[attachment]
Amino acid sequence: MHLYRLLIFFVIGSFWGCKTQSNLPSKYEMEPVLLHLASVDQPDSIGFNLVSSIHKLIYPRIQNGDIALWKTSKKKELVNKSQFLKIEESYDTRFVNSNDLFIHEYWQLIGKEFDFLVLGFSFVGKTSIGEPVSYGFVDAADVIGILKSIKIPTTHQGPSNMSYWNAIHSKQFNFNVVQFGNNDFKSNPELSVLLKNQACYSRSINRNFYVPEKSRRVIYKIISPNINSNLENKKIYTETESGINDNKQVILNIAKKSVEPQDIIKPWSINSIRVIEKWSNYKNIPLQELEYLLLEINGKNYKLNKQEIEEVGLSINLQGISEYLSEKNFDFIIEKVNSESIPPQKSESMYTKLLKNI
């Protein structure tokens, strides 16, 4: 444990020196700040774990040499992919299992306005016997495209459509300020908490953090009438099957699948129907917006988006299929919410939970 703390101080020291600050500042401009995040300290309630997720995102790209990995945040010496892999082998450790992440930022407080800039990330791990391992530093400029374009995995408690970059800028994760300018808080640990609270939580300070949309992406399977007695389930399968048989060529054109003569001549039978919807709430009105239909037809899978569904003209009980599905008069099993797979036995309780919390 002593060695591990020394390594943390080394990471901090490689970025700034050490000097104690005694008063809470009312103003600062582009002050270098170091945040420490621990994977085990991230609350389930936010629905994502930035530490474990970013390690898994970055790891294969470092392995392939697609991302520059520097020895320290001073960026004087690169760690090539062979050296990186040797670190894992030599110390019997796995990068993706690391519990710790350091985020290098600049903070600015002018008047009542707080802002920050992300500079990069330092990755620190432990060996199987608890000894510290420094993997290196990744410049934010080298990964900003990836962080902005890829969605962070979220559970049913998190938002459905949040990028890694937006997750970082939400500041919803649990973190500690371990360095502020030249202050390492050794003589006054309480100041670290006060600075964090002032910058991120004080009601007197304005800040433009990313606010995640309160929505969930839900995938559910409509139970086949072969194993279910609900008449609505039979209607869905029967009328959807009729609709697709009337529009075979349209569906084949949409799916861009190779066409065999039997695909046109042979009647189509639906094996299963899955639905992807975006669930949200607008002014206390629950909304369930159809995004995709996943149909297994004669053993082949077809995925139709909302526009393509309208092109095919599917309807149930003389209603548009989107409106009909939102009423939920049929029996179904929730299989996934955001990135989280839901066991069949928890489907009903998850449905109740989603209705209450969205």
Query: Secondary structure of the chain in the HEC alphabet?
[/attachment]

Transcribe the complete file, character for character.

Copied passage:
Amino acid sequence: MHLYRLLIFFVIGSFWGCKTQSNLPSKYEMEPVLLHLASVDQPDSIGFNLVSSIHKLIYPRIQNGDIALWKTSKKKELVNKSQFLKIEESYDTRFVNSNDLFIHEYWQLIGKEFDFLVLGFSFVGKTSIGEPVSYGFVDAADVIGILKSIKIPTTHQGPSNMSYWNAIHSKQFNFNVVQFGNNDFKSNPELSVLLKNQACYSRSINRNFYVPEKSRRVIYKIISPNINSNLENKKIYTETESGINDNKQVILNIAKKSVEPQDIIKPWSINSIRVIEKWSNYKNIPLQELEYLLLEINGKNYKLNKQEIEEVGLSINLQGISEYLSEKNFDFIIEKVNSESIPPQKSESMYTKLLKNI
């Protein structure tokens, strides 16, 4: 444990020196700040774990040499992919299992306005016997495209459509300020908490953090009438099957699948129907917006988006299929919410939970 703390101080020291600050500042401009995040300290309630997720995102790209990995945040010496892999082998450790992440930022407080800039990330791990391992530093400029374009995995408690970059800028994760300018808080640990609270939580300070949309992406399977007695389930399968048989060529054109003569001549039978919807709430009105239909037809899978569904003209009980599905008069099993797979036995309780919390 002593060695591990020394390594943390080394990471901090490689970025700034050490000097104690005694008063809470009312103003600062582009002050270098170091945040420490621990994977085990991230609350389930936010629905994502930035530490474990970013390690898994970055790891294969470092392995392939697609991302520059520097020895320290001073960026004087690169760690090539062979050296990186040797670190894992030599110390019997796995990068993706690391519990710790350091985020290098600049903070600015002018008047009542707080802002920050992300500079990069330092990755620190432990060996199987608890000894510290420094993997290196990744410049934010080298990964900003990836962080902005890829969605962070979220559970049913998190938002459905949040990028890694937006997750970082939400500041919803649990973190500690371990360095502020030249202050390492050794003589006054309480100041670290006060600075964090002032910058991120004080009601007197304005800040433009990313606010995640309160929505969930839900995938559910409509139970086949072969194993279910609900008449609505039979209607869905029967009328959807009729609709697709009337529009075979349209569906084949949409799916861009190779066409065999039997695909046109042979009647189509639906094996299963899955639905992807975006669930949200607008002014206390629950909304369930159809995004995709996943149909297994004669053993082949077809995925139709909302526009393509309208092109095919599917309807149930003389209603548009989107409106009909939102009423939920049929029996179904929730299989996934955001990135989280839901066991069949928890489907009903998850449905109740989603209705209450969205």
Query: Secondary structure of the chain in the HEC alphabet?